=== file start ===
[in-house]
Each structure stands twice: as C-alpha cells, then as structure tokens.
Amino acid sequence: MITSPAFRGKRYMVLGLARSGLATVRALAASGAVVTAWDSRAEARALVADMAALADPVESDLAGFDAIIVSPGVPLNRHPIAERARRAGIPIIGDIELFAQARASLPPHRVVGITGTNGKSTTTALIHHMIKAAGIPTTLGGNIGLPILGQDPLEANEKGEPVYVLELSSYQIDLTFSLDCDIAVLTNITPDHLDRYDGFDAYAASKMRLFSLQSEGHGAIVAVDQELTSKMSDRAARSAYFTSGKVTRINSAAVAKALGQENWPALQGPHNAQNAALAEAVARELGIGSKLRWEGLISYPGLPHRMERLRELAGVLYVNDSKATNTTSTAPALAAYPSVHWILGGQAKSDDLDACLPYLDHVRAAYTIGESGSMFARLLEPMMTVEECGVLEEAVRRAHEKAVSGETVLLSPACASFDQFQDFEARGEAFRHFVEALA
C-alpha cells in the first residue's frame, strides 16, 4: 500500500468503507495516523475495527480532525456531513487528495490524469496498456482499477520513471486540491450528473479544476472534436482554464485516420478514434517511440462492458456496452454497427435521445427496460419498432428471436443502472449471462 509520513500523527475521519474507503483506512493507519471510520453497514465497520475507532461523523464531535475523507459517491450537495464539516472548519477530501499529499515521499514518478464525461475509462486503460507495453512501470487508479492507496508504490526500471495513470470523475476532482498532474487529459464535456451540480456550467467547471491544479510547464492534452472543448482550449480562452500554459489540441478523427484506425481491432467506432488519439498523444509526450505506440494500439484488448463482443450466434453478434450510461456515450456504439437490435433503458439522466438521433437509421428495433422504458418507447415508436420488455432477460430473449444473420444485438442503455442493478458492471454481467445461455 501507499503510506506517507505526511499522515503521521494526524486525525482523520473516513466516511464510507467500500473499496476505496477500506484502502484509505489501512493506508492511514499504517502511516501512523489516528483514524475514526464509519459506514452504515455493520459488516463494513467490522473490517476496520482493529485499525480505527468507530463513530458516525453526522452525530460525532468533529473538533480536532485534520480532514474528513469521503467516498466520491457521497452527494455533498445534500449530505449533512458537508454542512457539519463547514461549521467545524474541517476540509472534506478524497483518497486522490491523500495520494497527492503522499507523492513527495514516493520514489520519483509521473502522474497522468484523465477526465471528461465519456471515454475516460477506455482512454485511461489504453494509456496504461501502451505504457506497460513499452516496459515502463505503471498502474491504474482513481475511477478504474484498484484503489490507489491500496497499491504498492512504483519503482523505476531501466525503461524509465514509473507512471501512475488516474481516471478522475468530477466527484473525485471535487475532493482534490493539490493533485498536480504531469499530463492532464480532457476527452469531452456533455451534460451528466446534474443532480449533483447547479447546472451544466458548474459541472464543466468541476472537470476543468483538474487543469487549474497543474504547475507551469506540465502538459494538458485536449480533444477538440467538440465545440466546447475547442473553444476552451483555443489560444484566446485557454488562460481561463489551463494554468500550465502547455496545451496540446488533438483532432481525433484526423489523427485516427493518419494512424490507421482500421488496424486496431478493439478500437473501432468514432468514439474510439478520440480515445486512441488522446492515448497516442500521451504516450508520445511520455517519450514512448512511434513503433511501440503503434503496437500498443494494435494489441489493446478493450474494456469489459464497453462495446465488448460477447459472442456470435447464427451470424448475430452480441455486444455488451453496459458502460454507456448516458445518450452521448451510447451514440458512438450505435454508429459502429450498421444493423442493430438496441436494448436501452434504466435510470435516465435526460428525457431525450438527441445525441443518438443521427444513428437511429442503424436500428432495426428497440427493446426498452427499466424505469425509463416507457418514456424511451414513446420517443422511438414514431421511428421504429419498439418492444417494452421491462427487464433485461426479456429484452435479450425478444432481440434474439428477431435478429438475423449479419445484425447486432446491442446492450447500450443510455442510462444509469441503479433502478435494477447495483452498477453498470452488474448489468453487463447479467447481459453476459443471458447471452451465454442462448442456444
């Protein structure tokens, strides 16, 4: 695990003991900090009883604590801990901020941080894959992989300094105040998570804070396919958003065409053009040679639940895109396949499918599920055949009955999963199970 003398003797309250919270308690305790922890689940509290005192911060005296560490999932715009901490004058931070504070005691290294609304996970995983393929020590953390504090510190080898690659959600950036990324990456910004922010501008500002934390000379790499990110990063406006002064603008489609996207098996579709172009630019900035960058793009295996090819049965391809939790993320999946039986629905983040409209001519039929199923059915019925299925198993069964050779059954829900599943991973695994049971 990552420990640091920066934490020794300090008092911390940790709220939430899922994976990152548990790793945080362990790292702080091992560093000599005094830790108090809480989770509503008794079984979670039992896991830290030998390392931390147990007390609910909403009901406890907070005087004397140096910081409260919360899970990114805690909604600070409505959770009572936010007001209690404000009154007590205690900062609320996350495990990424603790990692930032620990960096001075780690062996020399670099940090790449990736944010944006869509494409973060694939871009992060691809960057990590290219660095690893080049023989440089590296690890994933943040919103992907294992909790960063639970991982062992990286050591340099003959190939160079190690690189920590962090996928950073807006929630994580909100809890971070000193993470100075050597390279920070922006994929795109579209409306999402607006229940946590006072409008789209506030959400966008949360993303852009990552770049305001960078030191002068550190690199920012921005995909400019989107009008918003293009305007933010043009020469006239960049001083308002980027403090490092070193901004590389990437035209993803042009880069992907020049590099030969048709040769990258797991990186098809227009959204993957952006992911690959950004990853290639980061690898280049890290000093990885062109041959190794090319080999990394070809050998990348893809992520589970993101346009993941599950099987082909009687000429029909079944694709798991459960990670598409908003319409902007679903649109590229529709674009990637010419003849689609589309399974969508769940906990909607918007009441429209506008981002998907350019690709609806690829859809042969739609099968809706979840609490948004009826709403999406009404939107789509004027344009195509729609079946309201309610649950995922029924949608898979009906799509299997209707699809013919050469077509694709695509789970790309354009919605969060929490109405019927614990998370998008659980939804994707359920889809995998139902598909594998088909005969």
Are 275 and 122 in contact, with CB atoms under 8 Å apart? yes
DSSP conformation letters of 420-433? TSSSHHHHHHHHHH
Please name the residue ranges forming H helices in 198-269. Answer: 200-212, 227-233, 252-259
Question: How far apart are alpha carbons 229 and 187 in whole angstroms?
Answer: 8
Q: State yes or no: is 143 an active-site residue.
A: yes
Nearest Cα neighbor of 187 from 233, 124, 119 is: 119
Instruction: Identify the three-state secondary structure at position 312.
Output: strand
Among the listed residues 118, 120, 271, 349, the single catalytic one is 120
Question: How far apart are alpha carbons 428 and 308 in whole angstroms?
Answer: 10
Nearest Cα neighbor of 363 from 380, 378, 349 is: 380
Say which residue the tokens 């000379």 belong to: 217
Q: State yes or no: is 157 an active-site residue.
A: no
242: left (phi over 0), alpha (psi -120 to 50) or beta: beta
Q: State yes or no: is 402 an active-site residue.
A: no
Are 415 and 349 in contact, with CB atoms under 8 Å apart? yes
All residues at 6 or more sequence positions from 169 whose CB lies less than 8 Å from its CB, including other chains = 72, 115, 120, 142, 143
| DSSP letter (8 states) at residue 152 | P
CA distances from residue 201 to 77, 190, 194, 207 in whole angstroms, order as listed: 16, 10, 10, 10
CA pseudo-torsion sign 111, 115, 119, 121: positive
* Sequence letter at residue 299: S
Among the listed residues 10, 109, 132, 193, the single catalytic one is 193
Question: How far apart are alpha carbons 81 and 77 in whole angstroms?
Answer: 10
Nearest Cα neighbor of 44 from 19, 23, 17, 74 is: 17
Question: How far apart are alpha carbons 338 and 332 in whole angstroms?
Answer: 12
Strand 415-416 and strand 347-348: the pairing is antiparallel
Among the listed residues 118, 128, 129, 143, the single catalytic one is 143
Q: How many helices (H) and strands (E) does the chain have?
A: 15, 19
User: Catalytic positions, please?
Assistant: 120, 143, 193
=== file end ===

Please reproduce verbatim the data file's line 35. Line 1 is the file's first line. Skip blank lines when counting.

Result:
Nearest Cα neighbor of 44 from 19, 23, 17, 74 is: 17